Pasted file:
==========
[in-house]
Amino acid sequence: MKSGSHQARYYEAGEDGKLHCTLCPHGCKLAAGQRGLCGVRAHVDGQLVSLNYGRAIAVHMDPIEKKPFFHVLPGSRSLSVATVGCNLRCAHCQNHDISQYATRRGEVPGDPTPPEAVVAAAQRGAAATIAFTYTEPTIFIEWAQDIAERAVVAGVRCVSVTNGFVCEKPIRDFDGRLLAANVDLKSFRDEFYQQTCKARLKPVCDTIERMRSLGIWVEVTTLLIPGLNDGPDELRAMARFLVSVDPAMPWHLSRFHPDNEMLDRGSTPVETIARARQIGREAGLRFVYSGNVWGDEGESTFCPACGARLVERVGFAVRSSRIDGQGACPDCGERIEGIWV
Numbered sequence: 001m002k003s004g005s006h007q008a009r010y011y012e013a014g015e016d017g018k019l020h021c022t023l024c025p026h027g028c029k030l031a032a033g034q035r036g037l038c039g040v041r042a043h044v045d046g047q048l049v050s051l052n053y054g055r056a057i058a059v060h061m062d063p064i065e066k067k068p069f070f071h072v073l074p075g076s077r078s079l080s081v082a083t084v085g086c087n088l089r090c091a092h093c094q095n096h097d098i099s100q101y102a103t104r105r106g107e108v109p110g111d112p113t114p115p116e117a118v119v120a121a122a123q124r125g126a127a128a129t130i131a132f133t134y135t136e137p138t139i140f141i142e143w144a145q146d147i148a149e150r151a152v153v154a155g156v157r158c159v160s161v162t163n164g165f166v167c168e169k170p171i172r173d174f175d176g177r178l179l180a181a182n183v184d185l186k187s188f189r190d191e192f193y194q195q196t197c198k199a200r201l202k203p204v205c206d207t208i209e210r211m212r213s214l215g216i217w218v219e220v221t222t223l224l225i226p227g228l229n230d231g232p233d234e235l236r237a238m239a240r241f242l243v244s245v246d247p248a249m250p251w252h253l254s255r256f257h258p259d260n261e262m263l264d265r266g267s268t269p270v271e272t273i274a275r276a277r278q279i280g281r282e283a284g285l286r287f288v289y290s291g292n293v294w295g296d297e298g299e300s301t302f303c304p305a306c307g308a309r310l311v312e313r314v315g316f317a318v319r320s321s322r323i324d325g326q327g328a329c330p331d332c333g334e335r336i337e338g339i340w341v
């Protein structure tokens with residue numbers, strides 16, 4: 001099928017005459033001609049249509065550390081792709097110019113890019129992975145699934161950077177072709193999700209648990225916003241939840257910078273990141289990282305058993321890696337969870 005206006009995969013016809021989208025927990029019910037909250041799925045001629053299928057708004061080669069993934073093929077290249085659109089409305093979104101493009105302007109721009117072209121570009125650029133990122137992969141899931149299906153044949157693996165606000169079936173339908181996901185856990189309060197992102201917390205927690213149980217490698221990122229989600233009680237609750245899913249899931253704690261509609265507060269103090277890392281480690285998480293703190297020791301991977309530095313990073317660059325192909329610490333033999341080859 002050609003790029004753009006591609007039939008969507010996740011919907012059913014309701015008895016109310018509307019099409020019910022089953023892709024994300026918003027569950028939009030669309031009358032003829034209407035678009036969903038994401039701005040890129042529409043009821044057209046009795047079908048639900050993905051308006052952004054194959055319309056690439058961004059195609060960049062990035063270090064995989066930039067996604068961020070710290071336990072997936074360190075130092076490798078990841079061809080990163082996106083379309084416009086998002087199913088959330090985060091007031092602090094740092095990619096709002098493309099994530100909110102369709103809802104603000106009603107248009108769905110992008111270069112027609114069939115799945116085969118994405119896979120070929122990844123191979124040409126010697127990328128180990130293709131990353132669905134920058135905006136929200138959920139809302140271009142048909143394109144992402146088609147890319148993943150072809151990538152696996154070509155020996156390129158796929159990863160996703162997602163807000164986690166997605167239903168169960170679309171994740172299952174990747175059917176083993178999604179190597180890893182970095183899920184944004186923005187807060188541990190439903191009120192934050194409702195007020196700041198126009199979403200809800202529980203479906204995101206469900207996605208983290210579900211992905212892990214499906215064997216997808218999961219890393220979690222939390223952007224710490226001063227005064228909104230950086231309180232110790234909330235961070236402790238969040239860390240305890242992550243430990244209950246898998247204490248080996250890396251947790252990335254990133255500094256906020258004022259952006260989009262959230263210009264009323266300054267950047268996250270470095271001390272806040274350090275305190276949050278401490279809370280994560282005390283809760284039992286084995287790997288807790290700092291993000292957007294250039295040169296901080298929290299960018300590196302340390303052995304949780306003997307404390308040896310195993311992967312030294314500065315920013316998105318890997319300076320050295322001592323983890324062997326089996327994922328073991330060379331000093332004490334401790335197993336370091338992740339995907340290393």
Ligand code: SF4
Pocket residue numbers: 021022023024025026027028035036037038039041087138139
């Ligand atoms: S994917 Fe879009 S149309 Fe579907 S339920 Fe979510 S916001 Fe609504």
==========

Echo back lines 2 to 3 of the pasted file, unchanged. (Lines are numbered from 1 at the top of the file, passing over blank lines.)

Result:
Amino acid sequence: MKSGSHQARYYEAGEDGKLHCTLCPHGCKLAAGQRGLCGVRAHVDGQLVSLNYGRAIAVHMDPIEKKPFFHVLPGSRSLSVATVGCNLRCAHCQNHDISQYATRRGEVPGDPTPPEAVVAAAQRGAAATIAFTYTEPTIFIEWAQDIAERAVVAGVRCVSVTNGFVCEKPIRDFDGRLLAANVDLKSFRDEFYQQTCKARLKPVCDTIERMRSLGIWVEVTTLLIPGLNDGPDELRAMARFLVSVDPAMPWHLSRFHPDNEMLDRGSTPVETIARARQIGREAGLRFVYSGNVWGDEGESTFCPACGARLVERVGFAVRSSRIDGQGACPDCGERIEGIWV
Numbered sequence: 001m002k003s004g005s006h007q008a009r010y011y012e013a014g015e016d017g018k019l020h021c022t023l024c025p026h027g028c029k030l031a032a033g034q035r036g037l038c039g040v041r042a043h044v045d046g047q048l049v050s051l052n053y054g055r056a057i058a059v060h061m062d063p064i065e066k067k068p069f070f071h072v073l074p075g076s077r078s079l080s081v082a083t084v085g086c087n088l089r090c091a092h093c094q095n096h097d098i099s100q101y102a103t104r105r106g107e108v109p110g111d112p113t114p115p116e117a118v119v120a121a122a123q124r125g126a127a128a129t130i131a132f133t134y135t136e137p138t139i140f141i142e143w144a145q146d147i148a149e150r151a152v153v154a155g156v157r158c159v160s161v162t163n164g165f166v167c168e169k170p171i172r173d174f175d176g177r178l179l180a181a182n183v184d185l186k187s188f189r190d191e192f193y194q195q196t197c198k199a200r201l202k203p204v205c206d207t208i209e210r211m212r213s214l215g216i217w218v219e220v221t222t223l224l225i226p227g228l229n230d231g232p233d234e235l236r237a238m239a240r241f242l243v244s245v246d247p248a249m250p251w252h253l254s255r256f257h258p259d260n261e262m263l264d265r266g267s268t269p270v271e272t273i274a275r276a277r278q279i280g281r282e283a284g285l286r287f288v289y290s291g292n293v294w295g296d297e298g299e300s301t302f303c304p305a306c307g308a309r310l311v312e313r314v315g316f317a318v319r320s321s322r323i324d325g326q327g328a329c330p331d332c333g334e335r336i337e338g339i340w341v